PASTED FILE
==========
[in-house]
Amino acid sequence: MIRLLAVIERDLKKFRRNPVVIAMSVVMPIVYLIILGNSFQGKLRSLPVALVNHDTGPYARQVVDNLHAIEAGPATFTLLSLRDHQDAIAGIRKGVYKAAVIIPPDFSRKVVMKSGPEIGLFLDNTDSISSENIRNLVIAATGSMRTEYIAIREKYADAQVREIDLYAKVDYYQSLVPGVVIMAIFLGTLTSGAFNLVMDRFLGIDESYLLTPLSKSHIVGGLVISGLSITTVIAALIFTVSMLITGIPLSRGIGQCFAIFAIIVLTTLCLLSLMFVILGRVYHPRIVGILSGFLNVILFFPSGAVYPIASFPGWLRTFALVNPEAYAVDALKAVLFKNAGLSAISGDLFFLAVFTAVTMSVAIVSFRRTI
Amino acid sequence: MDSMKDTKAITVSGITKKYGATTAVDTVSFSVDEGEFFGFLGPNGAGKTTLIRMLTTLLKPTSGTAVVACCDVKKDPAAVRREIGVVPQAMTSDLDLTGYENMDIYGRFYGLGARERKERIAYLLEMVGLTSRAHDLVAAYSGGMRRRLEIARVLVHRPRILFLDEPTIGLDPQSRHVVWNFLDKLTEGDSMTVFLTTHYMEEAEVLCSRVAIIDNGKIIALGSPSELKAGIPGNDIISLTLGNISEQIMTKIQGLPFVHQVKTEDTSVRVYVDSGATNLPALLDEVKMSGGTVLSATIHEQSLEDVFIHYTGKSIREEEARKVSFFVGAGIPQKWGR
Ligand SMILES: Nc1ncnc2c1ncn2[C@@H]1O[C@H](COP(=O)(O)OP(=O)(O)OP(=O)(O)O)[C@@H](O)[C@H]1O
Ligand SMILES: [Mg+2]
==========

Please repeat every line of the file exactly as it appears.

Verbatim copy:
[in-house]
Amino acid sequence: MIRLLAVIERDLKKFRRNPVVIAMSVVMPIVYLIILGNSFQGKLRSLPVALVNHDTGPYARQVVDNLHAIEAGPATFTLLSLRDHQDAIAGIRKGVYKAAVIIPPDFSRKVVMKSGPEIGLFLDNTDSISSENIRNLVIAATGSMRTEYIAIREKYADAQVREIDLYAKVDYYQSLVPGVVIMAIFLGTLTSGAFNLVMDRFLGIDESYLLTPLSKSHIVGGLVISGLSITTVIAALIFTVSMLITGIPLSRGIGQCFAIFAIIVLTTLCLLSLMFVILGRVYHPRIVGILSGFLNVILFFPSGAVYPIASFPGWLRTFALVNPEAYAVDALKAVLFKNAGLSAISGDLFFLAVFTAVTMSVAIVSFRRTI
Amino acid sequence: MDSMKDTKAITVSGITKKYGATTAVDTVSFSVDEGEFFGFLGPNGAGKTTLIRMLTTLLKPTSGTAVVACCDVKKDPAAVRREIGVVPQAMTSDLDLTGYENMDIYGRFYGLGARERKERIAYLLEMVGLTSRAHDLVAAYSGGMRRRLEIARVLVHRPRILFLDEPTIGLDPQSRHVVWNFLDKLTEGDSMTVFLTTHYMEEAEVLCSRVAIIDNGKIIALGSPSELKAGIPGNDIISLTLGNISEQIMTKIQGLPFVHQVKTEDTSVRVYVDSGATNLPALLDEVKMSGGTVLSATIHEQSLEDVFIHYTGKSIREEEARKVSFFVGAGIPQKWGR
Ligand SMILES: Nc1ncnc2c1ncn2[C@@H]1O[C@H](COP(=O)(O)OP(=O)(O)OP(=O)(O)O)[C@@H](O)[C@H]1O
Ligand SMILES: [Mg+2]